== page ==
They believe that large scale and low cost synthesis of high quality graphene films and the compatibility of our method to the roll-to-roll fabrication would open an avenue through the realization of graphene based flexible optoelectronic systems such as cell phones with roll-up displays, e-paper, radio-frequency identification (RFID) tags, as well as medical patches that can be attached to the skin to deliver drugs or monitor vital signs, and tactile or electronic skin for robotics and prosthetics

Effects of Cu surface morphology on graphene growth: (a) The optical microscope image of rough Cu foil (Alfa Aesar Cu foil) commonly used in graphene growth. Deep scratches on the rough Cu foil due to the rolling process are clearly visible (b) Scanning electron microscopy (SEM) image of the rough Cu surface. (c) The magnified SEM image of graphene flakes on rough Cu foil surface. The growth was terminated after 10 seconds to obtain dispersed graphene flakes. (d) Optical microscope image of commercially available ultra-smooth Cu foil (Mitsui mining and smelting co. LTD., B1-SBS) and (e) SEM image of ultra-smooth Cu surface. (f) Ultra-smooth Cu surfaces with graphene flakes. The density and shape of the graphene flakes are different on the rough and smooth foils. The sizes of individual grains along the Cu surface are clearly visible

Nature Scientific Reports - Synthesis of Large Area Graphene for High Performance in Flexible Optoelectronic Devices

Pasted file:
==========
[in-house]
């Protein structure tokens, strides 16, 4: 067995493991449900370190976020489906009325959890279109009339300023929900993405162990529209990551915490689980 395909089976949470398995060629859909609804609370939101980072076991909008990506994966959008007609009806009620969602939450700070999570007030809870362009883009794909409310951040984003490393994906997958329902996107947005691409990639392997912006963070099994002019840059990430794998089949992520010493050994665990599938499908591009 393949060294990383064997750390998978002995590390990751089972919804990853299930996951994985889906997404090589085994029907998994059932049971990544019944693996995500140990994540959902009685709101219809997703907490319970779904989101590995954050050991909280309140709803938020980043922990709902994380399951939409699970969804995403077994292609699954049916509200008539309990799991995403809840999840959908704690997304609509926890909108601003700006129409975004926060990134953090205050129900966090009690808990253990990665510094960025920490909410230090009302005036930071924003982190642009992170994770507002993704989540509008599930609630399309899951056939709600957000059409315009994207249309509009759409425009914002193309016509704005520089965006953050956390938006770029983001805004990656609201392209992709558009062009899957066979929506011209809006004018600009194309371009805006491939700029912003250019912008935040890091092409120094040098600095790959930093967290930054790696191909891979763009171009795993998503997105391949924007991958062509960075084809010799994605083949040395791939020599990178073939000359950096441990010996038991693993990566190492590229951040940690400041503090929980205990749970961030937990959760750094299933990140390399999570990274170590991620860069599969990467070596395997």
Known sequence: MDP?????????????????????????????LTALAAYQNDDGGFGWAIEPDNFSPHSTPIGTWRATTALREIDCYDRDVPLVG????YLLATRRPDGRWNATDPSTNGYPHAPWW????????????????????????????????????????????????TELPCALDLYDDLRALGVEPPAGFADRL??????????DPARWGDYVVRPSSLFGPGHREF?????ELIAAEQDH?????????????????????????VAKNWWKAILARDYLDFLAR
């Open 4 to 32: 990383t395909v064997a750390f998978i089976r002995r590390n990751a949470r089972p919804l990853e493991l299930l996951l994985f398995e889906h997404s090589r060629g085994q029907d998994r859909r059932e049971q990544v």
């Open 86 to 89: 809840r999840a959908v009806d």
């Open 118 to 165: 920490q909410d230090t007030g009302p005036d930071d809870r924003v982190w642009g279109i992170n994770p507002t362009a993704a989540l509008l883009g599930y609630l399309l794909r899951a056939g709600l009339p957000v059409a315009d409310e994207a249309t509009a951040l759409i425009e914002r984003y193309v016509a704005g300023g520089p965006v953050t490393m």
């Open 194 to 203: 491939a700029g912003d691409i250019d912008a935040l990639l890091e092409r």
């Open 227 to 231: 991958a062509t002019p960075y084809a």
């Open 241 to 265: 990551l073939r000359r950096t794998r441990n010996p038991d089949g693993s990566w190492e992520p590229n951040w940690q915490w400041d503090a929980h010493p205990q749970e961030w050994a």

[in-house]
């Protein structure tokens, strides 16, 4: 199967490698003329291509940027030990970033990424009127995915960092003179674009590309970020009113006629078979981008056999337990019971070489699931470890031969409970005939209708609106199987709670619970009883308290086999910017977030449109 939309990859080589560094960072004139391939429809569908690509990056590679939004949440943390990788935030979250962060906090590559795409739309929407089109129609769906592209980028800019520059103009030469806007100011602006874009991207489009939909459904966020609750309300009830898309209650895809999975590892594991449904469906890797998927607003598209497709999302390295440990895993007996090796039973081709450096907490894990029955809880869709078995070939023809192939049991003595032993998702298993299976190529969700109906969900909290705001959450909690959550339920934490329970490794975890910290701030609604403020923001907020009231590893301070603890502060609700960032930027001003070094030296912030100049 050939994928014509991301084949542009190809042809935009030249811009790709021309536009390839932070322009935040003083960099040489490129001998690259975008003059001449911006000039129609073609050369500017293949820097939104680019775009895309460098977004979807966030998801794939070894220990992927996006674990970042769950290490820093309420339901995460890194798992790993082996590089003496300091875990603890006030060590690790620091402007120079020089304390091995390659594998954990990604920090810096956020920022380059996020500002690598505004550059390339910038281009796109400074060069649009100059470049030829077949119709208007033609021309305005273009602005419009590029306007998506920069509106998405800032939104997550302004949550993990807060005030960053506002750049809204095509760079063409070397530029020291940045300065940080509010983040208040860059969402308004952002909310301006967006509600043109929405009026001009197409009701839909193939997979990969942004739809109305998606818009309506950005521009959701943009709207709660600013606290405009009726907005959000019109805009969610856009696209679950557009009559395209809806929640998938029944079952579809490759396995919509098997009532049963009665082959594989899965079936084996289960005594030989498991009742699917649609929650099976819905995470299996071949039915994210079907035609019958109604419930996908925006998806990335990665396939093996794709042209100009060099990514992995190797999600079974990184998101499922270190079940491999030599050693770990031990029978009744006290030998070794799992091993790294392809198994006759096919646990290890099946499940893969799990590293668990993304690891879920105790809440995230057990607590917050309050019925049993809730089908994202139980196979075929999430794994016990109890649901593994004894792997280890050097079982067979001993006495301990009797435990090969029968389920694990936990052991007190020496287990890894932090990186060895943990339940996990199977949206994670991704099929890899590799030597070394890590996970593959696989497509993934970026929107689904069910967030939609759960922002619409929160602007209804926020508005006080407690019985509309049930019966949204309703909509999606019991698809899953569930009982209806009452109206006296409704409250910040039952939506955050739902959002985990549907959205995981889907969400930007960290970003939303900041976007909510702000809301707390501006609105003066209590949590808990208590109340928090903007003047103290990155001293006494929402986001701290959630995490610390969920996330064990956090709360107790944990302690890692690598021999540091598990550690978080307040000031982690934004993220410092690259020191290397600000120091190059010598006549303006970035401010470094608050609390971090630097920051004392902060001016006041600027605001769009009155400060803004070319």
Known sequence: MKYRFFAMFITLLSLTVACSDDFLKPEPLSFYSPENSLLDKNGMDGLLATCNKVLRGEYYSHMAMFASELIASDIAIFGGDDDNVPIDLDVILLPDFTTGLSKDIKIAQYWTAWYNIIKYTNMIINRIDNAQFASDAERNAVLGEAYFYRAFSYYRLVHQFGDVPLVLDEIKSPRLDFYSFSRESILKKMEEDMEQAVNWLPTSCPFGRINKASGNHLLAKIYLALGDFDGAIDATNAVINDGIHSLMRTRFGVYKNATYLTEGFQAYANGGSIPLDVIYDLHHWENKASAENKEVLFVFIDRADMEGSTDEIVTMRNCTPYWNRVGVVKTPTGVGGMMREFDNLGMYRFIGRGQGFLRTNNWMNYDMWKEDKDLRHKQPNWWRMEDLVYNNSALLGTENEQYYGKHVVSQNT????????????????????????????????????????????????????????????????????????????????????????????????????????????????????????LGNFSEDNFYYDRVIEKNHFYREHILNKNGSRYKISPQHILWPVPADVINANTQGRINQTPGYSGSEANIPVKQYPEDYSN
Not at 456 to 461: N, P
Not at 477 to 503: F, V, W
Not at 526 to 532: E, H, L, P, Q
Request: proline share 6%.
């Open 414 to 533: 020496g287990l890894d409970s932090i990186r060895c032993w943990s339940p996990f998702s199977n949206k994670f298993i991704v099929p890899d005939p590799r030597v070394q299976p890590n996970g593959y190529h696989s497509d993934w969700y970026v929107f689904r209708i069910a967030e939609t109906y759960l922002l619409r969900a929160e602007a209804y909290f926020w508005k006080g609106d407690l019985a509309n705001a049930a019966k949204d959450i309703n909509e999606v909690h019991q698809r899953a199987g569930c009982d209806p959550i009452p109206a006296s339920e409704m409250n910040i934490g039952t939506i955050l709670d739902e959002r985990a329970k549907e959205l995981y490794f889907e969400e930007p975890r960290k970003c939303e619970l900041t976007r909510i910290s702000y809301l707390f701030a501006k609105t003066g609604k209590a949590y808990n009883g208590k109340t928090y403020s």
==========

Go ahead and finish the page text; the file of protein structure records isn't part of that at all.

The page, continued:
New F35 problem with Wing spar cracks of main structural element on the F-35C

Pentagon testers have discovered cracks in a main structural element of the wing on the C-model of the Lockheed Martin F-35 Lightning II During a late October inspection of the F-35C durability testing ground article, a crack was found in one of its 13 wing spars.

The issue is not expected to affect flying operations for any of the three variants, nor will it alter the US Navy's (USN's) ability to meet its planned Initial Operating Capability (IOC) for the C-model in August 2018, according to the JPO. The cost of the retrofits is not yet known.

The F-35C durability test article had already accumulated more than 13,700 test hours, which equates to 6,850 flight hours or more than 20 years of operational flying, according to DellaVedova. "All current F-35Cs flying today have less than 250 flight hours," he added

The F-35C variant is distinguished by its larger wings and more robust landing gear, designed for catapult launches and arrestments aboard naval aircraft carriers, and its wingtips fold to allow for easier storage aboard a carrier.

ISIS affiliate attacks luxury hotel in Mali in West Africa and killed at least 29 people